Date of Award

11-9-1993

Degree Type

Thesis (On-Campus Access Only)

First Advisor

Sherrie Seymour

Abstract

Critical thinking is a term encompassing many areas of both cognitive and affective thought including analyzing and applying knowledge, reasoning, interpreting information, and formulating beliefs and opinions. This study examined several questions concerning the teaching of critical thinking skills. Why should a teacher promote critical thinking? What are some impediments to implementing critical thinking programs in the schools? How does one go about implementing critical thinking programs in the classroom? .How does one evaluate critical thinking skills? Methods employed to research these questions included classroom observations, formal and informal interviews, a review of literature concerning critical thinking, and tracking critical thinking questions in the classroom.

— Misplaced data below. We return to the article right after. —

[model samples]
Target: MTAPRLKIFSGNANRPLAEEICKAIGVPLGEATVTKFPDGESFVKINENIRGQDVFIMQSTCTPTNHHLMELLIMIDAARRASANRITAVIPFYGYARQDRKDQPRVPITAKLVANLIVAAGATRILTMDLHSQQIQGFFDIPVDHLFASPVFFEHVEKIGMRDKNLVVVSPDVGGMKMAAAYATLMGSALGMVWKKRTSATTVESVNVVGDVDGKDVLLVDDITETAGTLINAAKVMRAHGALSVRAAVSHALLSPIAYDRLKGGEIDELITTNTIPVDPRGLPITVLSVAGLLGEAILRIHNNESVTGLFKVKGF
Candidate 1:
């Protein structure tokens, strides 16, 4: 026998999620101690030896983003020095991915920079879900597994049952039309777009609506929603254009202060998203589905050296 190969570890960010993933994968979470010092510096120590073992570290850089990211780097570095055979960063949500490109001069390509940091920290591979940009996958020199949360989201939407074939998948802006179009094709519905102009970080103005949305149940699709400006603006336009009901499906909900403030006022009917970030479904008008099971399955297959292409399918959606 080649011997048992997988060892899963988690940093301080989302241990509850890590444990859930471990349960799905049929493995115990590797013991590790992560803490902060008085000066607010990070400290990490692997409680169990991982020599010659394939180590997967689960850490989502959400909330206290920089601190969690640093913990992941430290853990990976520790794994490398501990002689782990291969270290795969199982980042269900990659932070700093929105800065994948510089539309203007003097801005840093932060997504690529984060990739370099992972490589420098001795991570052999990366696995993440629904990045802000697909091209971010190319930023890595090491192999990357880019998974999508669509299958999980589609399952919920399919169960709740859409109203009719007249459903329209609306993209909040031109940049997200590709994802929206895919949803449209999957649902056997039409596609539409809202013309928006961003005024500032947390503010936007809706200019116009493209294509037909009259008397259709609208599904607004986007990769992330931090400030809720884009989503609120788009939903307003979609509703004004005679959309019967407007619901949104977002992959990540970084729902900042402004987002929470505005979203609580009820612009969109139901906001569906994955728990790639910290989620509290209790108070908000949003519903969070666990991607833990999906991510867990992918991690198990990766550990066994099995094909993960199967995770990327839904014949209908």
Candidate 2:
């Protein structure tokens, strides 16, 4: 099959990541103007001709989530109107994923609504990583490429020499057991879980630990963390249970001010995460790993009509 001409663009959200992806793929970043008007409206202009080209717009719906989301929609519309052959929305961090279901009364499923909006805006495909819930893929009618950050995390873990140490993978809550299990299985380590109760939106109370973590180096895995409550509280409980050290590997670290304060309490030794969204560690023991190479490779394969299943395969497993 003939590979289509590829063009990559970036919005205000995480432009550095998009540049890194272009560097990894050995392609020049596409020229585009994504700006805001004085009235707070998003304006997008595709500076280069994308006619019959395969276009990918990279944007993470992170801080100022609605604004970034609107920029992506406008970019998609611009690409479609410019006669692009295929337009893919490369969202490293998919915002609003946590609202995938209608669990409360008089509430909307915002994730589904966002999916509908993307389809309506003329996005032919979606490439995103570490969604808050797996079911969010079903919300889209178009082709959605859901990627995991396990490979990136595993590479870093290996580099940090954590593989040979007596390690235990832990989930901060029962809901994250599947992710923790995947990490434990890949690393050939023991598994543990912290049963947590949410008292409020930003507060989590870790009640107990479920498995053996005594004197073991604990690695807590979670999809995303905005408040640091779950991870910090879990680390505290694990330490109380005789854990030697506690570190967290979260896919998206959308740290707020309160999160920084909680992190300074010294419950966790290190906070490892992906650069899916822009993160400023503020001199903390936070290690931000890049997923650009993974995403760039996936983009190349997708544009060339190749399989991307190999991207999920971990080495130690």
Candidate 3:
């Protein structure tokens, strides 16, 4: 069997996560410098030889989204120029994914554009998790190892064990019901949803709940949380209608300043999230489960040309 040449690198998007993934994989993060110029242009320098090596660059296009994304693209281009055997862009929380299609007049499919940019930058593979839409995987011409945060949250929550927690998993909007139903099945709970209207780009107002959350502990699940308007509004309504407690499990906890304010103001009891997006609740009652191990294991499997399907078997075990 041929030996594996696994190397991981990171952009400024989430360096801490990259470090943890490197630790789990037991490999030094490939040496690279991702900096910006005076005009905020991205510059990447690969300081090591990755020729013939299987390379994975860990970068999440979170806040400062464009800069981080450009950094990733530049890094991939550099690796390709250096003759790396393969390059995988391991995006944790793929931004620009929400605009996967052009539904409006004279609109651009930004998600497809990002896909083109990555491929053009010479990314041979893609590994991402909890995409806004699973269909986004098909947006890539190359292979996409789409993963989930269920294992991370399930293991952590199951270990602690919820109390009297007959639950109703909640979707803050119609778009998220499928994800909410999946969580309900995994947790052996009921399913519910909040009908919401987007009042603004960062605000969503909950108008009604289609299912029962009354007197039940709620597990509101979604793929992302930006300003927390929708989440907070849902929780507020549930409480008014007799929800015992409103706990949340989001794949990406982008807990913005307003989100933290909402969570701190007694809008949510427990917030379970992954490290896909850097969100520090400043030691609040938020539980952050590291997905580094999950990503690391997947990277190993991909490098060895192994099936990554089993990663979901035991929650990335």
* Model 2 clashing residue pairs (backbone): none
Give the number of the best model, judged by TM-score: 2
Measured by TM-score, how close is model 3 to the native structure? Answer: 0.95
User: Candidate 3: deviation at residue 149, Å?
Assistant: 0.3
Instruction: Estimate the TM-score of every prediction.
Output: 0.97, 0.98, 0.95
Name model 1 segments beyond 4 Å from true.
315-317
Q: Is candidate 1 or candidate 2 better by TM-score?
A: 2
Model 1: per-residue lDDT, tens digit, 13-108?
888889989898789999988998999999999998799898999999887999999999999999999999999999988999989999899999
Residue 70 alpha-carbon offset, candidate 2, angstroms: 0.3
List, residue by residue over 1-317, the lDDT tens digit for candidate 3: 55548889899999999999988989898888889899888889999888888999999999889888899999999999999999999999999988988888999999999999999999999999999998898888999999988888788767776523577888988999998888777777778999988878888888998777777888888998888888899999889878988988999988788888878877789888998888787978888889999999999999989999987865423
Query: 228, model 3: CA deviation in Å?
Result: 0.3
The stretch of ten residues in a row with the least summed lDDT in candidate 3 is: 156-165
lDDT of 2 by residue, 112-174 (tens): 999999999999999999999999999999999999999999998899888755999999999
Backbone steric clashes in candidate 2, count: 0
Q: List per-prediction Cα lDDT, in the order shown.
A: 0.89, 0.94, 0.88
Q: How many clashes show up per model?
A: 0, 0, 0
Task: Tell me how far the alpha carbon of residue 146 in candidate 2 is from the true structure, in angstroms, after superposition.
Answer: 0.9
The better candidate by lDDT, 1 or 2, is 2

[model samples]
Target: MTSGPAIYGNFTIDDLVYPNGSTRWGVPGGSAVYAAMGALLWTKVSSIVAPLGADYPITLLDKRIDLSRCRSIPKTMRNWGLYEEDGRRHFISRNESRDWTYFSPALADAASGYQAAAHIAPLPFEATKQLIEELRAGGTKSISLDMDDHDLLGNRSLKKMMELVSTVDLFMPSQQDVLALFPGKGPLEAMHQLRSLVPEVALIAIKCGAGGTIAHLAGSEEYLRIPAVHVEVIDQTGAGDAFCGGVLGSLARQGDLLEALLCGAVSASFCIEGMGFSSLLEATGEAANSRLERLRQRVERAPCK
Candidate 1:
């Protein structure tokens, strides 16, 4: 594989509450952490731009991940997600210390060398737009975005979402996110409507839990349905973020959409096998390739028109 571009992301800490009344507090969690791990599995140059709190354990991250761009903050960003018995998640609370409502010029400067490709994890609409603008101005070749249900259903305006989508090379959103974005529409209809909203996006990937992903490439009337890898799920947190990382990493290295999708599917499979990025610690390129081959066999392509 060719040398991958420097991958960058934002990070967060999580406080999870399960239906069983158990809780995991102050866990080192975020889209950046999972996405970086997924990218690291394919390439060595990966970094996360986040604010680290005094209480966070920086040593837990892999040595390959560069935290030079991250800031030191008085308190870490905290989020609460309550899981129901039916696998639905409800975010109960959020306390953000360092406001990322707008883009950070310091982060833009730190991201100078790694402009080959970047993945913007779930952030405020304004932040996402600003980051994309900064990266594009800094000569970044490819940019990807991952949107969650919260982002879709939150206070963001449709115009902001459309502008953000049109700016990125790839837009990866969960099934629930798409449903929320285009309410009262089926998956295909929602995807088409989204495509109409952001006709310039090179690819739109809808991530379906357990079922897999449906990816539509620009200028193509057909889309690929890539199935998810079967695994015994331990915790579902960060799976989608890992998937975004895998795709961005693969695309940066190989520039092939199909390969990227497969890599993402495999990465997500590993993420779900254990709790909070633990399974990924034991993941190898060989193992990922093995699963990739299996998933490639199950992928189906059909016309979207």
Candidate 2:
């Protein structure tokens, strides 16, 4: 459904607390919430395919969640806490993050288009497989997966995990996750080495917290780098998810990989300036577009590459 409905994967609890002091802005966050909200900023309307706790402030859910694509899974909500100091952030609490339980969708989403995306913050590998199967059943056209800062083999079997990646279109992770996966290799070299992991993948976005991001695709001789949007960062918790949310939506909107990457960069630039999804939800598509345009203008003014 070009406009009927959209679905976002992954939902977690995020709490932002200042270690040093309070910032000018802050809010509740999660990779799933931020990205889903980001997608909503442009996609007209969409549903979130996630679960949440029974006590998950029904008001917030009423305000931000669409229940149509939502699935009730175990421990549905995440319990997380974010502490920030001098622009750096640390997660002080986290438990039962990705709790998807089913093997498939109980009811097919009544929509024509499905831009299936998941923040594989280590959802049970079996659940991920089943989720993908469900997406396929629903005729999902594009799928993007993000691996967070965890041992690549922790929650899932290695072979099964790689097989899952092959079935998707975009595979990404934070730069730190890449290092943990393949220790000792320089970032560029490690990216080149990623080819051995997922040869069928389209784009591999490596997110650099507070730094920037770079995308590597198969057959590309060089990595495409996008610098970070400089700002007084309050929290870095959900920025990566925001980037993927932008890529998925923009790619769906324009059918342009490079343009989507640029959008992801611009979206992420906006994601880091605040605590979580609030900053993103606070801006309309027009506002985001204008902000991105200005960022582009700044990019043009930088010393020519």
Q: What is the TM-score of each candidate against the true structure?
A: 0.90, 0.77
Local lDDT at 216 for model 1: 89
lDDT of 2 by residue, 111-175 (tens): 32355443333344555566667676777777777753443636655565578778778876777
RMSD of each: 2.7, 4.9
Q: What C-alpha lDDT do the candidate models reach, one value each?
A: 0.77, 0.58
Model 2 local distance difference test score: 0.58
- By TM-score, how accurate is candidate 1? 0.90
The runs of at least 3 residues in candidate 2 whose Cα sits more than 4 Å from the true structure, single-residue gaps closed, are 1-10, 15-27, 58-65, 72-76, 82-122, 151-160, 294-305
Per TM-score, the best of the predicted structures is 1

This study primarily focused on an eighth grade language arts class where critical' thinking was observed on a daily basis. Findings of this study include a willingness of students to answer more critical thinking questions than factual, yes or no questions. Teachers varied at how they taught critical thinking - one focused on critical thinking, another on facts and yes or no questions, and the third was split with an even emphasis on both. Thus, the conclusions of this study suggest that the teaching of critical thinking is an individual choice. Whether or not critical thinking is an official part of the curriculum, a teacher can teach the students to be critical thinkers.

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